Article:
Counteracting Comparisonitis

Awareness of the issue is the first step to tackling the problem.

Recognise that most people have to put the work in before achieving success, even if you are not there to witness it.

Share your feelings with someone you trust.

Consider what’s essential in life — everyone will die.

Perhaps you are exactly where you need to be.

Try to get away from thinking with a scarcity mindset. Success is not a pie! It is not divided into finite pieces.

This Episode’s Question

Think about the last time you experience comparisonitis. How did it make you feel? How could you have done or thought things differently?

Episode 58 – The Fear of Success

‘As I interpret the Course, “our deepest fear is not that we are inadequate. Our deepest fear is that we are powerful beyond measure. It is our light, not our darkness, that most frightens us.” We ask ourselves, Who am I to be brilliant, gorgeous, talented, fabulous? Actually, who are you not to be? You are a child of God. Your playing small doesn’t serve the world. There’s nothing enlightened about shrinking so that other people won’t feel insecure around you. We are all meant to shine, as children do. We were born to make manifest the glory of God that is within us. It’s not just in some of us; it’s in everyone. And as we let our own light shine, we unconsciously give other people permission to do the same. As we’re liberated from our own fear, our presence automatically liberates others.’ 

Marianne Williamson, A Return to Love: Reflections on the Principles of A COURSE IN MIRACLES, pp. 190–191.



It is not only the fear of failure that can affect us at a fundamental level, it can also be the fear of success. Our goals remain small when we are reluctant to embrace the change that would inevitably come with success.  Deep inside, we might believe that success is dangerous and our family and friends may worry that we won’t want to know them anymore if we become successful.

As with the fear of failure, understanding what drives you places you in control, allowing you to seek a balance that enhances your writing life. 

Does a fear of success show up in your life and if so, do you have any idea of where it comes from?

Mariëlle mentioned Elizabeth Gilbert in the podcast. The book Big Magic: How to Live a Creative Life and Let Go of Your Fear is widely available.

Episode 57 – Fear of Failure

Whether it’s a blank page or the terror of publishing, writing can be scary. At the heart of the problem could be a deep-rooted fear of failure. The effect can stop progress and induce a reluctance to experiment. It can manifests in different ways despite the commonly held belief that it results in paralysis. The truth is that it drives some people to work harder. However, failure as the driving force increases stress, which sucks the joy out of a potentially positive experience.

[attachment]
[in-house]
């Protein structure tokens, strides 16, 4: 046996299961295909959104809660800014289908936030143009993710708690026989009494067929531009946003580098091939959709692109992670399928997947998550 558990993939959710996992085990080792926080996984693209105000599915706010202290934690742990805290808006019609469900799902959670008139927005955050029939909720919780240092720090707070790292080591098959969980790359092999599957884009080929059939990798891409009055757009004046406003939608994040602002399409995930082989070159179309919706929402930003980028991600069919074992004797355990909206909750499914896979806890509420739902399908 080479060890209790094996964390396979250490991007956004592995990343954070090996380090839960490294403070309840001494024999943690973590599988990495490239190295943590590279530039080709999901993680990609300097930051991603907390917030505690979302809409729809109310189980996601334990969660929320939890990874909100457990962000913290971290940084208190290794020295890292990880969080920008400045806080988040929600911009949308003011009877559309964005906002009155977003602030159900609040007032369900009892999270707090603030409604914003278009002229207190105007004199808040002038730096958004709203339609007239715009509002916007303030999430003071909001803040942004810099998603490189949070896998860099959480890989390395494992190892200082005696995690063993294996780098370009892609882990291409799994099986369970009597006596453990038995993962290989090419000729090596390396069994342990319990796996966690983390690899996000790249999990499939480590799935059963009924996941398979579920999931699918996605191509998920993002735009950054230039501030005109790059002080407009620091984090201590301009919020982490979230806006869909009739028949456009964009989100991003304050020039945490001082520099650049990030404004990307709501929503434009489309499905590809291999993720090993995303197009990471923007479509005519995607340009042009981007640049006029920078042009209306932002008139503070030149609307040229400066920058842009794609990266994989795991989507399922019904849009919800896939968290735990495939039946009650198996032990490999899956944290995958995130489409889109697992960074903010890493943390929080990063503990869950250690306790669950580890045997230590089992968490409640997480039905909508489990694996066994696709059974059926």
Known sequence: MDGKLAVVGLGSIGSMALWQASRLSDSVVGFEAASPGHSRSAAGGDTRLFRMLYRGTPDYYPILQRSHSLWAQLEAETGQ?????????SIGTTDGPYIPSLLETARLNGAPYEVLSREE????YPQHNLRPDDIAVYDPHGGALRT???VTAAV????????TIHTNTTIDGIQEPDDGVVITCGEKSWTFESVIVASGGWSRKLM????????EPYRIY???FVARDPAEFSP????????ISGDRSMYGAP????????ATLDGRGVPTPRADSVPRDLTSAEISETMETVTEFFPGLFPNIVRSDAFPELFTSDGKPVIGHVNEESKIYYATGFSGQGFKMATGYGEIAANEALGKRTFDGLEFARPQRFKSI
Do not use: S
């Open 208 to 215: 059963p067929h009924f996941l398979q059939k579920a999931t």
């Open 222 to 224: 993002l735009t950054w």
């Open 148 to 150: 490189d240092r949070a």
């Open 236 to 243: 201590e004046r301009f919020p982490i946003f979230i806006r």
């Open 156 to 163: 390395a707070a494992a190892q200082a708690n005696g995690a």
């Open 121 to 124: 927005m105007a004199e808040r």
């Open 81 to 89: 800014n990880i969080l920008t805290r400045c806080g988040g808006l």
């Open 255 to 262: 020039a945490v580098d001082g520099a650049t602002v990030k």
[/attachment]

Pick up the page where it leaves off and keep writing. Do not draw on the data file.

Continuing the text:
Understanding what drives you places you in control, allowing you to seek a balance that enhances your writing life. Consider a world where failure was feedback and curiosity drives experimentation.

How does a fear of failure affect your writing?
Are you afraid of failure or afraid of success?

Mariëlle mentioned Elizabeth Gilbert in the podcast. The book Big Magic: How to Live a Creative Life and Let Go of Your Fear is widely available.

Episode 56 – The Effect of Limiting Beliefs on Writing

Do you know what is holding you back from a successful writing career? It could be something as simple as your deep-rooted beliefs about success formed in childhood or as a result of life experiences that have convinced you that it’s safer to pass through life unnoticed and unrecognised.

There are three stages to addressing these issues:

  1. The first step to uncover any limiting beliefs.
  2. The second is to consider when and where they originated.
  3. The final step is to identify what you would like to believe instead.

Start by trying this free 19-minute meditation on Youtube led by Mariëlle, or find the exercise in Mariëlle’s free resource for writers when you sign up for her newsletter.

Episode 55 – How Does Imposter Syndrome Affect Your Writing?

People who struggle with imposter syndrome believe that they are undeserving of their achievements. They feel that they aren’t as competent or intelligent as others, and someone will discover the truth about them. It’s that nagging feeling that you aren’t good enough or that you fall short compared to those around you. People in the highest, most successful positions can suffer from imposter syndrome.

Most people can be affected by imposter syndrome to a greater or lesser degree. Comparing ourselves to others can limit what we can achieve.

When do you experience self-doubt?
How does imposter syndrome manifest itself to you?
What kind of things are you telling yourself?